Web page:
Latitude 0 Degrees, 36 Minutes South

Report From Ecuador #1

It’s in the humid summerish 80s Fahrenheit here a few minutes south of the equator, with curtain-rippling breezes and light gray clouds.

The small city of Bahia de Caraquez (named as though it was a whole bay in the ocean) is shaped like a thumb (with the part of the hand that holds it) jutting out into the Pacific on a sandspit. Its clear distinction from the deeply rural surrounding countryside is immediately evident when driving in because of the sudden appearance of small restaurants, traffic signs, billboards, and other indications that it is both an urban center and a seaside resort. Not particularly well-known outside of Ecuador, Bahia has been a famous retreat for Quito residents for a long time, with a few multi-storey hotels and a number of summer homes. A miniature San Sebastian, Euskadi (Spain). Unlike the usual beach pleasure spot, local life is only partially based on outside visitors and there are several bioregional resources-based industries. The residents have a natural laid-back style that is outgoing and inviting. Bahia is visited enough to be interested in strangers but isolated enough to have its own identity without self-consciousness.

A catastrophic series of natural calamities took place here last year that have set Bahia de Caraquez on an unalterably different course than a typical South American resort area. Unremitting El Nino storms and rains lasted from December 1997 through May 1998 (that’s a solid half-year of heavy rain) causing earth movement that carried away whole hills as well as many hillsides in mud flows of the severe kind usually associated with snowmelt from erupting volcanoes. Then a Richter 7+ earthquake at the beginning of August broke apart many buildings and caused missing pieces and cracks in those that remained. Sixteen died in one mud flow, another life was taken by the trembler, and the grinding daily aftermath of dealing with the problems of survival continues to affect everyone here. At one time there were 3,000 of the town’s 20,000 residents living on the streets. There are still 500 homeless families living in shacks constructed from the ruins or government-provided flimsy temporary shelters.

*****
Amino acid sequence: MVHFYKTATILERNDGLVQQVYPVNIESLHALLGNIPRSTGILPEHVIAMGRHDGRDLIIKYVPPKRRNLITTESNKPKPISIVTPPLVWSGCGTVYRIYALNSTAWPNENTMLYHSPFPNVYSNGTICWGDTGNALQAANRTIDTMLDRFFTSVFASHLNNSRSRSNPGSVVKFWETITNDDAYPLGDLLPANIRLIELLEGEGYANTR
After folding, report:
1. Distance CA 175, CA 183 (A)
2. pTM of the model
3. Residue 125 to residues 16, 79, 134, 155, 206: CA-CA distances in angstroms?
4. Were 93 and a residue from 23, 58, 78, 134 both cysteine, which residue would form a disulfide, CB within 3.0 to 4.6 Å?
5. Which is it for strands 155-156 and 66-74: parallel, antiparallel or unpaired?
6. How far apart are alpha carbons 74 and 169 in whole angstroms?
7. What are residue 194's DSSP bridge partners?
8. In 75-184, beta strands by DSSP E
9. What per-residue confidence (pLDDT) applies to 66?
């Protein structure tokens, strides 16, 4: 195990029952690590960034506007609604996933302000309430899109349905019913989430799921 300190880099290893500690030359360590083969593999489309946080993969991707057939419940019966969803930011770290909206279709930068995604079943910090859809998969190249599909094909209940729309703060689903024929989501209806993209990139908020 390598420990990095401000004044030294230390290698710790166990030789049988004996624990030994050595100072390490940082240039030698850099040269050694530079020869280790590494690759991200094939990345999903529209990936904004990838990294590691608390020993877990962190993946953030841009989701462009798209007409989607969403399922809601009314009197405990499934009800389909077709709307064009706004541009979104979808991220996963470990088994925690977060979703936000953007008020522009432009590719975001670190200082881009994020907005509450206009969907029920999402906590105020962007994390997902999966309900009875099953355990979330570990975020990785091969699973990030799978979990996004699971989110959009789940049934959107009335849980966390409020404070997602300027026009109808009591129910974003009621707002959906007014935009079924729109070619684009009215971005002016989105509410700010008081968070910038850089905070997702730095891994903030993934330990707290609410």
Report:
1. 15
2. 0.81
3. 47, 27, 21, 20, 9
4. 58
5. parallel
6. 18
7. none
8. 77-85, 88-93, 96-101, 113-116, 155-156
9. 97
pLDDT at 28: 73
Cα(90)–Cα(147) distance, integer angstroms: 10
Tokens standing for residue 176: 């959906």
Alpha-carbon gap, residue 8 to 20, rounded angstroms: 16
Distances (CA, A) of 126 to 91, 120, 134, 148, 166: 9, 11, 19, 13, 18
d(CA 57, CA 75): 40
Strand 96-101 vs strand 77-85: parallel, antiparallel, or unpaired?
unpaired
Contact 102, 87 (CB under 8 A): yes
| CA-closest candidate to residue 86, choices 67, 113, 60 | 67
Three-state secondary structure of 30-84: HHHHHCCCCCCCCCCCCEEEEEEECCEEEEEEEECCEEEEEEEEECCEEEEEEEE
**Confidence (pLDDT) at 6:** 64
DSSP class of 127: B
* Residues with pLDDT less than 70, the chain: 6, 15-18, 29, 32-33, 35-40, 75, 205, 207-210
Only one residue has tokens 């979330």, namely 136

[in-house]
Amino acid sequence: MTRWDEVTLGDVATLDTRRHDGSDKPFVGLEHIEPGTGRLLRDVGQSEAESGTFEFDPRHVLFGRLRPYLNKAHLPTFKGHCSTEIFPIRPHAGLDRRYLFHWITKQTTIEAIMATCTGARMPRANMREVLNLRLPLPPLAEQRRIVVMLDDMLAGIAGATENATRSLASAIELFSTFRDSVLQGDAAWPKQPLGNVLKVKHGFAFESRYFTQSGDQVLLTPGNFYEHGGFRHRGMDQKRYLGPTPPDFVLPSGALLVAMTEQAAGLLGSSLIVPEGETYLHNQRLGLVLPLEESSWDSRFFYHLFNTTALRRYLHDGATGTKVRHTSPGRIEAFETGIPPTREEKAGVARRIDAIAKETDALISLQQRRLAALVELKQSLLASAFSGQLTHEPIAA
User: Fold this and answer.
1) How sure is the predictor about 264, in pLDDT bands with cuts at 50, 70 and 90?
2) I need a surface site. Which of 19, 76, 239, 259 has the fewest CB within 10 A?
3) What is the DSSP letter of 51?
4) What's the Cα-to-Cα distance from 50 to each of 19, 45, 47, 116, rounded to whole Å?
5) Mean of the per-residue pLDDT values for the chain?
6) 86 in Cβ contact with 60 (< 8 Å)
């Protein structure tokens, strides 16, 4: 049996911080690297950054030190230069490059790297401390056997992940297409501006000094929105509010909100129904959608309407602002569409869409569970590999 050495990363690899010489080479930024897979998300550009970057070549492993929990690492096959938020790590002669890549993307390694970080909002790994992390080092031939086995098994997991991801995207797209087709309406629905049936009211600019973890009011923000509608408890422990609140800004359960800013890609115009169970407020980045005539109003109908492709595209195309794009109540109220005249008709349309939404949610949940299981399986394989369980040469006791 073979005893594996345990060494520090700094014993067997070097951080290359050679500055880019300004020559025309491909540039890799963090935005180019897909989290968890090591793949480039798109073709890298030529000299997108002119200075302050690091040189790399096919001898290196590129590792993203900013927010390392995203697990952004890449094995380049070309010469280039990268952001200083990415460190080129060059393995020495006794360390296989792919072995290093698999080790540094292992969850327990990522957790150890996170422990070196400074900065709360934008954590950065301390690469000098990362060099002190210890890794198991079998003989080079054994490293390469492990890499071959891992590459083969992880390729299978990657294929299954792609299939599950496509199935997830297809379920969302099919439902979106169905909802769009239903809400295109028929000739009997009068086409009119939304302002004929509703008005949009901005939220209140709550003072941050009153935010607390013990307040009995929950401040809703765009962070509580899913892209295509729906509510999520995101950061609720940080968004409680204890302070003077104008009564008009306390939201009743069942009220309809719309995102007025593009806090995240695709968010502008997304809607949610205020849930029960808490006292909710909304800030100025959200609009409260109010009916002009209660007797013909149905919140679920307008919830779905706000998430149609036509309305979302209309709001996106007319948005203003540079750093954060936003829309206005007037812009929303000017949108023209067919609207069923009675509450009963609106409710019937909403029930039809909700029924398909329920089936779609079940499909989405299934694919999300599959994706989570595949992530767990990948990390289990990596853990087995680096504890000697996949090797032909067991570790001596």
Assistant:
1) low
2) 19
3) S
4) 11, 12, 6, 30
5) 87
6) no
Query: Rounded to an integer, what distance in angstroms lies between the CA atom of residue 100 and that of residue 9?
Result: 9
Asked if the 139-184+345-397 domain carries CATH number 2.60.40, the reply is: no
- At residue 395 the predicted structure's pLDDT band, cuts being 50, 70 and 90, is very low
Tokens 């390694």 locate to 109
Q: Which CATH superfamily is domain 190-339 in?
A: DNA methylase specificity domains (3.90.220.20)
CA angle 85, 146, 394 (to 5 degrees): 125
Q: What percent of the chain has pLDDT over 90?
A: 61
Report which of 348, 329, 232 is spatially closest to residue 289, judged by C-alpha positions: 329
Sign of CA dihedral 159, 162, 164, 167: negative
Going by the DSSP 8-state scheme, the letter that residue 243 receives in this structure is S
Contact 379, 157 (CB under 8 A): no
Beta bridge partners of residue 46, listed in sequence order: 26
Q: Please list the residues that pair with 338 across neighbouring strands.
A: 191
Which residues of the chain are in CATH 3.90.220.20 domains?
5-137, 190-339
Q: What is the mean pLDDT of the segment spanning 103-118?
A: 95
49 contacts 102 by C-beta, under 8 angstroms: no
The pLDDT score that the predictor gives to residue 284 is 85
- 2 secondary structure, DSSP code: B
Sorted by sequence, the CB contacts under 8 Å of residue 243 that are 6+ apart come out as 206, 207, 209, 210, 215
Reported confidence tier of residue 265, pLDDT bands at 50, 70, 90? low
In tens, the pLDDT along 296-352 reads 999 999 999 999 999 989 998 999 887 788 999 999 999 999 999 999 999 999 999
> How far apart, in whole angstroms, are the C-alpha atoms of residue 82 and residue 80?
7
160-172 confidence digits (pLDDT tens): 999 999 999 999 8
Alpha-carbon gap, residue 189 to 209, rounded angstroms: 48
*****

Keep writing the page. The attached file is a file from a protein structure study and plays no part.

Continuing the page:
Bahia must now reassemble itself after nearly complete ruin. And it is choosing to do so in a history-making way as an eco-municipality within the context of its bioregion.

(More to follow before the February 27-28 Eco-Gathering to make the eco-municipality declaration and celebrate the first International Mangrove Day.)

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